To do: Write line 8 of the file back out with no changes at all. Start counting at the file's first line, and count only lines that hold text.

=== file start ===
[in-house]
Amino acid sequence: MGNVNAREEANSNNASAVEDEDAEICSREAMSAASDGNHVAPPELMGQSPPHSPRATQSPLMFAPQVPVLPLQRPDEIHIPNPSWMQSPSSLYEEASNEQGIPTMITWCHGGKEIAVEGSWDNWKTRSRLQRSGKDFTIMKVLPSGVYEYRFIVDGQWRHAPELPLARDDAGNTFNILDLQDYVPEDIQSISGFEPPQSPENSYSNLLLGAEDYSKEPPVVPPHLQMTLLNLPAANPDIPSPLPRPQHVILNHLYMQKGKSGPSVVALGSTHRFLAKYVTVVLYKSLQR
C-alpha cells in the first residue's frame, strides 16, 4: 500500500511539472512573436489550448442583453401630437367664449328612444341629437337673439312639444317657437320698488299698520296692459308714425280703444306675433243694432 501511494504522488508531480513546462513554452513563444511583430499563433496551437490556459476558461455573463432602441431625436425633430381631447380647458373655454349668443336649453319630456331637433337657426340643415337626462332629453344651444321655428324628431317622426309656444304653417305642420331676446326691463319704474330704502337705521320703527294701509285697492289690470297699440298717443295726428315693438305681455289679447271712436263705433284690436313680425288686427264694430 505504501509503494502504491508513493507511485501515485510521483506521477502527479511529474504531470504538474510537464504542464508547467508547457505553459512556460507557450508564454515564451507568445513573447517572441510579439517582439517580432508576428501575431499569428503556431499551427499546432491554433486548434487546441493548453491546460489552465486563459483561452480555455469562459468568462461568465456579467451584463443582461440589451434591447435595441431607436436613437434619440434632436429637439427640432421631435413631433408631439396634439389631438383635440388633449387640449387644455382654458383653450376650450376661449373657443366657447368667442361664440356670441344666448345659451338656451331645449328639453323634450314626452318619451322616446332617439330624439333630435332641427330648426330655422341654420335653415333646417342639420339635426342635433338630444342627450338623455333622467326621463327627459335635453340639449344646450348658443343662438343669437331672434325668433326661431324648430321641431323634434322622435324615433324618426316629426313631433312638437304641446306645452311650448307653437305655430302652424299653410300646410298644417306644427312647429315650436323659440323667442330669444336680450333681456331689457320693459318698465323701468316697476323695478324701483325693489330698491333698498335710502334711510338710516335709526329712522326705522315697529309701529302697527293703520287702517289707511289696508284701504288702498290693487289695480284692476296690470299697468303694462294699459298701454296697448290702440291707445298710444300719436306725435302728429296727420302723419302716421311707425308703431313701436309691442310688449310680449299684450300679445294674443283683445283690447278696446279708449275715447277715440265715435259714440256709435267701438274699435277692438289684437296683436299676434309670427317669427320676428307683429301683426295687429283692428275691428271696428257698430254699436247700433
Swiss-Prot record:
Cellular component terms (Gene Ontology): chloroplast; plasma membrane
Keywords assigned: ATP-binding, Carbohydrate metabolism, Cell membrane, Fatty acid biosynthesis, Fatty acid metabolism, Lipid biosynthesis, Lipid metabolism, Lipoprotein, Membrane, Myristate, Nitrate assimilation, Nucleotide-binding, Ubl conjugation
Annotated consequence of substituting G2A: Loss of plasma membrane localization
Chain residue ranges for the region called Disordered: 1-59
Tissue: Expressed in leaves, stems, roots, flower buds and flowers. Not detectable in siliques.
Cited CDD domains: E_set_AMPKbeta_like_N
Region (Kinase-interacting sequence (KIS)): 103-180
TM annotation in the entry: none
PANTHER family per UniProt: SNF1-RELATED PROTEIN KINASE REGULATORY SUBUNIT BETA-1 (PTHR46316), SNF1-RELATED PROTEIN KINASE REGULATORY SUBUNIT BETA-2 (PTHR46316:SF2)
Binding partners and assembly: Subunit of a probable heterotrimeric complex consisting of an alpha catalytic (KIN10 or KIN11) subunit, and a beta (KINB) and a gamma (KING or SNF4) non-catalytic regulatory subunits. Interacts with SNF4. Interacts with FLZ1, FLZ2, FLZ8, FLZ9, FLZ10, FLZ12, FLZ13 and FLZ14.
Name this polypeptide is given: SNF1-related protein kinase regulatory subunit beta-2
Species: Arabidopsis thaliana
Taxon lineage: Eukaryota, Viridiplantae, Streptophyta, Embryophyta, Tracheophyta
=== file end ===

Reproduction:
Chain residue ranges for the region called Disordered: 1-59